(the pKa of any functional group is greatly affected by its chemcal environment)

                  Amino acid has two regions of buffering power (amino acids with charged groups
                  have complicated titration curves)

                  Titration can tell the isoelectric point of isoelectric pH (pI), where the net electric charge
                  of amino acid is zero.

                                                                      COOH: 1.8 < pKa < 2.4
            Amino acids with single amino and carboxyl group
            have similar pKa values
                                                                      NH3+:     8.8 < pKa < 11.0
                                                                                                                        4 of 14

                                                The acidity of functional group is affect by its chemical environment
         The titration curve for Glutamate

                                             Peptides and Proteins

Two amino acids can be linked together by a bond called peptide bond, where the amino group of one
amino acid is connected to the carboxylic group of the other amino acid. This particular compound is
called dipeptide. If less than 10 amino acid are linked together in this fashion, the resulted molecule is
called oligopeptide, if more than 10 amino acids are linked together, the resulted molecule is called
polypeptide; further linked by amino acids will give protein or enzyme. Peptide is one of a group of
organic chemicals found in most living tissues, with a wide range of biological functions. Hormones such
as ACTH and vasopressin are important polypeptides. In a peptide, the amino acid residue at the end with
a free a-amino group is the amino-terminal (or N-terminal) residue, the residue at the other end, which

has a free carboxyl group, is the
carboxyl-terminal (C-terminal) residue.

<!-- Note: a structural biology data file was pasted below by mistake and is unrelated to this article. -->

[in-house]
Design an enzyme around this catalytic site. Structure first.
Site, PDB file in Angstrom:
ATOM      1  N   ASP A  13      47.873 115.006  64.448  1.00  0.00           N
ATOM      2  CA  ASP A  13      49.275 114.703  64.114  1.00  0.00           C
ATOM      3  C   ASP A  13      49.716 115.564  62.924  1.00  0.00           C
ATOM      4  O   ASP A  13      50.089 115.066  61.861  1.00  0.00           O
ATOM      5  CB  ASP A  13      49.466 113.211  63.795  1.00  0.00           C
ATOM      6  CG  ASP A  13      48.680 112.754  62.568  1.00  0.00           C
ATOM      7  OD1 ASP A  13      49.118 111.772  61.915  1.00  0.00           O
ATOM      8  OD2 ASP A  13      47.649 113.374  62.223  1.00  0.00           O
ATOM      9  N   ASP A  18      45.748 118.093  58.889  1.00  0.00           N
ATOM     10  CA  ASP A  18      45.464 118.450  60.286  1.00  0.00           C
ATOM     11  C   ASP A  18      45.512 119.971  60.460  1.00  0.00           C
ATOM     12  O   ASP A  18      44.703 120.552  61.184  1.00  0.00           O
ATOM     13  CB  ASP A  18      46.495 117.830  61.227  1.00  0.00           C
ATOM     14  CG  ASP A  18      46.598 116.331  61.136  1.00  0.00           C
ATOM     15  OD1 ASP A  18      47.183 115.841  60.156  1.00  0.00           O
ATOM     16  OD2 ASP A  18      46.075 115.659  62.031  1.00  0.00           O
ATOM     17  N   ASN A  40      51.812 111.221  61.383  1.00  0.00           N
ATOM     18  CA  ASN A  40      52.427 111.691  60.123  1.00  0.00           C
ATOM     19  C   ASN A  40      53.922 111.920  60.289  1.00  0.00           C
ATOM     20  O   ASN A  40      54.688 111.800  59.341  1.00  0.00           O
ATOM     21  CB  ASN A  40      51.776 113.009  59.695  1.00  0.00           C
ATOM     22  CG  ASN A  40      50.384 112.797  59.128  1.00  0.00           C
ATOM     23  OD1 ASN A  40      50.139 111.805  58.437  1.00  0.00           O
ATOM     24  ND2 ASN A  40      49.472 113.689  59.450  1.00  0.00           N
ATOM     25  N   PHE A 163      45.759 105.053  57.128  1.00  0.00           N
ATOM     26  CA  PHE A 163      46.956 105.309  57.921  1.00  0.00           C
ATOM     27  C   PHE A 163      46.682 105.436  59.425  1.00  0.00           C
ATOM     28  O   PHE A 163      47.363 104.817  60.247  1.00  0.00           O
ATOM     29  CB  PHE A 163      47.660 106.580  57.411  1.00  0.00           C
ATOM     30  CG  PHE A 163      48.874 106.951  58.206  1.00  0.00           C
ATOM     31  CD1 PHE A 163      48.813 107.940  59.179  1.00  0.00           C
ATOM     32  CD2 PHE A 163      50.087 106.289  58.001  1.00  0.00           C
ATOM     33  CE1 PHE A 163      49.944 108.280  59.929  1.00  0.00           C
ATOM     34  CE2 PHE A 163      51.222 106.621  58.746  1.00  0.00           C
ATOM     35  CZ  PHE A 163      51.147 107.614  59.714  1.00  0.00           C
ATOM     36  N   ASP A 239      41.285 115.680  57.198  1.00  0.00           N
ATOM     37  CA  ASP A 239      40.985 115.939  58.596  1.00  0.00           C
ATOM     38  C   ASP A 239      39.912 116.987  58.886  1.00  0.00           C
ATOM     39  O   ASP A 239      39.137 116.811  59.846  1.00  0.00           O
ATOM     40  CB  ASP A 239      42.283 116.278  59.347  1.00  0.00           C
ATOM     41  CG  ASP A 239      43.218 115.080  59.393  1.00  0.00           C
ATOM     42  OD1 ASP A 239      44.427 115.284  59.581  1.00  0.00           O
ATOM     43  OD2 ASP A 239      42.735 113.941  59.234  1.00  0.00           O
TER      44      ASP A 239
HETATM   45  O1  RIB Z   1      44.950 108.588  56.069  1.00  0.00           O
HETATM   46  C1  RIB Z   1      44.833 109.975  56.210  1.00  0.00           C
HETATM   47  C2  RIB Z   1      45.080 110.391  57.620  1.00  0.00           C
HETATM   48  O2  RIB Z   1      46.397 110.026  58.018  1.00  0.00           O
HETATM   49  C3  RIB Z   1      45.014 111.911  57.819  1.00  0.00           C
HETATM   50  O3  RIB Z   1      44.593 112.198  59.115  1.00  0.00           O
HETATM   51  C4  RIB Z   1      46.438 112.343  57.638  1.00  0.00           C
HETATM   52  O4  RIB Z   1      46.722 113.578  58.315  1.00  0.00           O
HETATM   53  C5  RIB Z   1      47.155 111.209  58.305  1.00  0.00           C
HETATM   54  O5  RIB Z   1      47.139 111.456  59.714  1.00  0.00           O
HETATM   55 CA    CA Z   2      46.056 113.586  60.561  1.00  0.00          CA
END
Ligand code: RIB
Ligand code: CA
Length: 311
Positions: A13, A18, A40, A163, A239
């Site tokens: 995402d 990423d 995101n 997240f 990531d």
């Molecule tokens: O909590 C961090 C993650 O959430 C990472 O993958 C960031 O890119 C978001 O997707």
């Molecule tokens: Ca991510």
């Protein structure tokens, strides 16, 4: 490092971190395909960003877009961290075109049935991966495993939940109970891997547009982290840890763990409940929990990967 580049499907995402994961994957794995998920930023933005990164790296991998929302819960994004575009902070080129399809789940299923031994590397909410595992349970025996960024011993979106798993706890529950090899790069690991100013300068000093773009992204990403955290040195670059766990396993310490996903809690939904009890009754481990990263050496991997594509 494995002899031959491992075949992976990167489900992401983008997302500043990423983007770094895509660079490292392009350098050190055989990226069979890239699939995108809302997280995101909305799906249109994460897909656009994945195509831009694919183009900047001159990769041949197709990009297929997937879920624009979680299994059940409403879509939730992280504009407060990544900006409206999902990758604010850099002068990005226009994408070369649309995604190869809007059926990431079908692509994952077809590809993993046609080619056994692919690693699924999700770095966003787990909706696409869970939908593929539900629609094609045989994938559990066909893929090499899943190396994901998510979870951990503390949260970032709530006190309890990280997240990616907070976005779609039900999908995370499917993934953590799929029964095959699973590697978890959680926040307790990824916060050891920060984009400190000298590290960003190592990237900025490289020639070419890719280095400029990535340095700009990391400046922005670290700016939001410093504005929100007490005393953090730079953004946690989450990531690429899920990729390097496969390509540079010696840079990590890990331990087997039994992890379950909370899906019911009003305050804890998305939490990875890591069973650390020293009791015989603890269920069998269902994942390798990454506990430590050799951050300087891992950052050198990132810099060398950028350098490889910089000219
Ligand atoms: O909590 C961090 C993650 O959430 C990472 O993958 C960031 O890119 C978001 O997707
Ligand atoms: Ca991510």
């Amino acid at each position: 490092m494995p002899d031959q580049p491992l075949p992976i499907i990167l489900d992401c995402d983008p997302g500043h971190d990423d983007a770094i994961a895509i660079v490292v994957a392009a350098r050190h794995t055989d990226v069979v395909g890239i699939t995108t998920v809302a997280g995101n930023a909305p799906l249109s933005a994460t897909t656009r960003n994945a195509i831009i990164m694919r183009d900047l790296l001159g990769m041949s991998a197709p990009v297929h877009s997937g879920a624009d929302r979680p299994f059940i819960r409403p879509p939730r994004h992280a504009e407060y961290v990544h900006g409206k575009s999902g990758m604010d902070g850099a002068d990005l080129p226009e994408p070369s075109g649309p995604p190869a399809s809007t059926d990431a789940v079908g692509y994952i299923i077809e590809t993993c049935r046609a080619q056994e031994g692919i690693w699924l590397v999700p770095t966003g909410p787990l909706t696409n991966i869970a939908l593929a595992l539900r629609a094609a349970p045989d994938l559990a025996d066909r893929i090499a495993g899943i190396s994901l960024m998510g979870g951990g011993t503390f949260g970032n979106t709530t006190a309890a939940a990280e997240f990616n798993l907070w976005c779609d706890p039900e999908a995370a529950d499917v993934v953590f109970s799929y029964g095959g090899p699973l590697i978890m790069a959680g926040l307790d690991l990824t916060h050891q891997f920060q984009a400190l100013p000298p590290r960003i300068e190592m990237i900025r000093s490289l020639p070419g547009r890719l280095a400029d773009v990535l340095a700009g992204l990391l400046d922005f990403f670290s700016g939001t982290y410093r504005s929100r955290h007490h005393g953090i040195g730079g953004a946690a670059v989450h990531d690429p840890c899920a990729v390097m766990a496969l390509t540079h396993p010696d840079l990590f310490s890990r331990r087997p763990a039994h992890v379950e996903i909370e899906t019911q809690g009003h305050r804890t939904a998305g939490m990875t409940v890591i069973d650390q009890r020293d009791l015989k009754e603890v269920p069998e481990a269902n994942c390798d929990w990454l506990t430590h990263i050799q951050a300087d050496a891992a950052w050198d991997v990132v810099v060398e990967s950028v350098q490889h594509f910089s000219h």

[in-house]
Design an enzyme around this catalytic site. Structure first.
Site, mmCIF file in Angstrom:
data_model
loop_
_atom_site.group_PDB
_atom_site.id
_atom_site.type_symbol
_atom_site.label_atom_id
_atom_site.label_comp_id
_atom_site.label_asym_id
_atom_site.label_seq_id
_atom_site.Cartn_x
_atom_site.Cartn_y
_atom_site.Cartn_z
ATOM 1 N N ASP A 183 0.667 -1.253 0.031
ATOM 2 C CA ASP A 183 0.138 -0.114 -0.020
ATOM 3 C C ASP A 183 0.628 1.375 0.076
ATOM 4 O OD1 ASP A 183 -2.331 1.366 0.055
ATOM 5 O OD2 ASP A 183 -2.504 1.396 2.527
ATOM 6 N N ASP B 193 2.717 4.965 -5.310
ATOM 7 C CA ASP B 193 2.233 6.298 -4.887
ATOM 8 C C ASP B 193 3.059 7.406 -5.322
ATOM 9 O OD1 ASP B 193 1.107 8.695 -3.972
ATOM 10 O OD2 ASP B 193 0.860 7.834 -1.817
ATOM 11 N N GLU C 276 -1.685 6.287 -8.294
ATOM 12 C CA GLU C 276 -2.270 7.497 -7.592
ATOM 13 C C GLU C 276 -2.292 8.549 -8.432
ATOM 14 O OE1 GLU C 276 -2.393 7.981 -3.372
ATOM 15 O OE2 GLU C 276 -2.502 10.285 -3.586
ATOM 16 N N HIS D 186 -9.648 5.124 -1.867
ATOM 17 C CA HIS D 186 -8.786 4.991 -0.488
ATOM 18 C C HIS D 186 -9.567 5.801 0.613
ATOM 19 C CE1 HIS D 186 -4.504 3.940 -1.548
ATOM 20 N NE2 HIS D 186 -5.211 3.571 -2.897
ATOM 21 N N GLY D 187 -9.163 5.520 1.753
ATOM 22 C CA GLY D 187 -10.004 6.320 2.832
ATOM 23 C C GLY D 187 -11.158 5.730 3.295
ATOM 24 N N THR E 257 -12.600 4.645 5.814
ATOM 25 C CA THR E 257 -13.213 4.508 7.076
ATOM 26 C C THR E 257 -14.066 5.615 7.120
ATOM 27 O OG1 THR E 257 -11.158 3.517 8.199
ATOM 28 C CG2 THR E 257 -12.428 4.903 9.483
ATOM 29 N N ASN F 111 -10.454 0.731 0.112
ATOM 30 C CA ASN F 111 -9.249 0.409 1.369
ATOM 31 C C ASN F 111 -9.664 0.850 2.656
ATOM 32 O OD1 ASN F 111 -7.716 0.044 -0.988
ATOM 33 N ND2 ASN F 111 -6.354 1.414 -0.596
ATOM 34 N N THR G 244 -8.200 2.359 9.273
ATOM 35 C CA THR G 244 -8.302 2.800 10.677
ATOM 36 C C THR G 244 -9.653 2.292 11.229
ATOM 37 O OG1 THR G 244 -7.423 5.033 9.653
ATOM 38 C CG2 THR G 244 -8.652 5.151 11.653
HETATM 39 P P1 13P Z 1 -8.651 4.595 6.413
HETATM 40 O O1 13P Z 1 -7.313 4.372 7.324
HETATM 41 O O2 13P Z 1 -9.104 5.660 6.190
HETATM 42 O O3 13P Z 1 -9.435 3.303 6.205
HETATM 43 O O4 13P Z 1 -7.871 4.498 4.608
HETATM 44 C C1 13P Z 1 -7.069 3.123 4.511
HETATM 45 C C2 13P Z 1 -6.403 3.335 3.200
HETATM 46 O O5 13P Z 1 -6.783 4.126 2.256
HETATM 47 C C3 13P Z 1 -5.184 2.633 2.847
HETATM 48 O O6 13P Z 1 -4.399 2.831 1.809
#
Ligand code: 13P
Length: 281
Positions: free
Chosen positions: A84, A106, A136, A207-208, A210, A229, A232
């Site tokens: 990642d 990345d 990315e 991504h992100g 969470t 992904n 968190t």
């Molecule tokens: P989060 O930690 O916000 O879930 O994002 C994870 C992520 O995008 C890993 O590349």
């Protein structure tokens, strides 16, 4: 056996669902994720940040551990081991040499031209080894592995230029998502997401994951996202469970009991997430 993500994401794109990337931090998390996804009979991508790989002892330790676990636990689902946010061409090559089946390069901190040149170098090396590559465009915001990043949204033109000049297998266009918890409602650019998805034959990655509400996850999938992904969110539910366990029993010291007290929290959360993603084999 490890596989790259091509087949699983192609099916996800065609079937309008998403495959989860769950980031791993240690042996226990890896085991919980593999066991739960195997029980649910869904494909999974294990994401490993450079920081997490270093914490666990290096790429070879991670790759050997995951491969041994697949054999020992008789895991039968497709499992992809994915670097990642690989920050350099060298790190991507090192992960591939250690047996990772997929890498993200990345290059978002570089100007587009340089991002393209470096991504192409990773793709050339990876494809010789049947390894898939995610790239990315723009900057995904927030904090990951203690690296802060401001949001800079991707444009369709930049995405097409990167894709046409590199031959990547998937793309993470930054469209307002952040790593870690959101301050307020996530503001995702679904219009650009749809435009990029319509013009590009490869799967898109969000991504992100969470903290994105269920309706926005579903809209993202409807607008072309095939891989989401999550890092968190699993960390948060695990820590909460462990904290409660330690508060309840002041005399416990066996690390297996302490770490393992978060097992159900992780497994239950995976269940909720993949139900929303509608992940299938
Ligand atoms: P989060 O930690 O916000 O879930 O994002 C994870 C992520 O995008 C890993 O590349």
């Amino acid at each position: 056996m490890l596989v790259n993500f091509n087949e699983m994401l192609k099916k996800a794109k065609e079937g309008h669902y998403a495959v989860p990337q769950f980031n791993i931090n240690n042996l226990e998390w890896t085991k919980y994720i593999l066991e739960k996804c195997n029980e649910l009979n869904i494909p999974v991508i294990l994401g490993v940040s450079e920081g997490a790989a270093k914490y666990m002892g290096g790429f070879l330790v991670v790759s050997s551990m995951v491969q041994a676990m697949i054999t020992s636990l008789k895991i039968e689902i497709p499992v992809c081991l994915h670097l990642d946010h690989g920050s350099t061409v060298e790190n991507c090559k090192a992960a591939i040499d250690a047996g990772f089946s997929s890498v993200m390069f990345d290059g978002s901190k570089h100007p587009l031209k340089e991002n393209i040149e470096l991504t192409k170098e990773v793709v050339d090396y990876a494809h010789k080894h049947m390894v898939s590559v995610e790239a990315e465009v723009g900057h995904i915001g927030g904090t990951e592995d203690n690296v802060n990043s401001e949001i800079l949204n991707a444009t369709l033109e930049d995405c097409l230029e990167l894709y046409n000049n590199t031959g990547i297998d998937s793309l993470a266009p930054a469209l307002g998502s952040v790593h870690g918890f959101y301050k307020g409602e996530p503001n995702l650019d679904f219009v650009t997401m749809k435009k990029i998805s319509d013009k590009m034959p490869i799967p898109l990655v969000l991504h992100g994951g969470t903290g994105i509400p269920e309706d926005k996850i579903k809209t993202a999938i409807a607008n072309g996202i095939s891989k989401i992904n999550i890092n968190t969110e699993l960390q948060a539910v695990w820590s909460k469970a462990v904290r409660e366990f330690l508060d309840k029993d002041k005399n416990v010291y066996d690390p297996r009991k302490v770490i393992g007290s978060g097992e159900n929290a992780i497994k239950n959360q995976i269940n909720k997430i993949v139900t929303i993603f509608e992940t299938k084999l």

Peptides can be distinguished by their ionization behavior
Although peptides contain only one free a-amino group and one carboxyl group at the ends of peptides,
these groups will ionize as they do in free amino acids (the rest of amino groups and carboxyl groups are
used to form peptide bonds, and cannot ionize anymore). Besides these, other R groups on peptides might
be ionizable, and they will affect the total pKa of a peptide, and also the isoelectric pH (pI) values, at this
pH value, the peptide will not move in electric field.

Term: protomers

The number of amino acids in peptides or proteins can be roughly determined by the molecular weight,
the average contribution of amino acid to molecular weight is 110.

Complex proteins
Some proteins, besides their amino acids constituents, they also contain other chemical components, these
kinds of proteins are called conjugated proteins. The non-amino acid part of a conjugated protein is called
its prosthetic group. For examples, lipoproteins, glycoproteins, metalloproteins. (See table)
                                                                                                     5 of 14

Protein has four levels of structure constitutions; they are primary structure, secondary structure, tertiary
structure and quaternary structure.

Primary structure: the description of all covalent bonds linking amino acid residues in a polypeptide chain
Secondary structure: particular stable arrangements of amino acid residues giving rise to recurring
structural patterns.
Tertiary structure: description of all aspects of the three-dimensional folding of a polypeptide.
Quaternary structure: the description of spatial arrangements of polypeptide subunits.

The separation and purification of proteins
Term: crude extract
Salt out
                                                                                                                                                                     6 of 14
                                                                                                                                          DNA & RNA
                               Tissue homogenization
                                                                        Mixtures of biomolecules

                                                     Extraction                                                                           Lipids

                                                                        Crude Extract

                                          Can be roughly separated depending on

                                          Size                                Charge                                      Other properties


                                                                                         Ion exchange column

                                                                                                               Column Chramatography




                                                                                                                                                          Salt out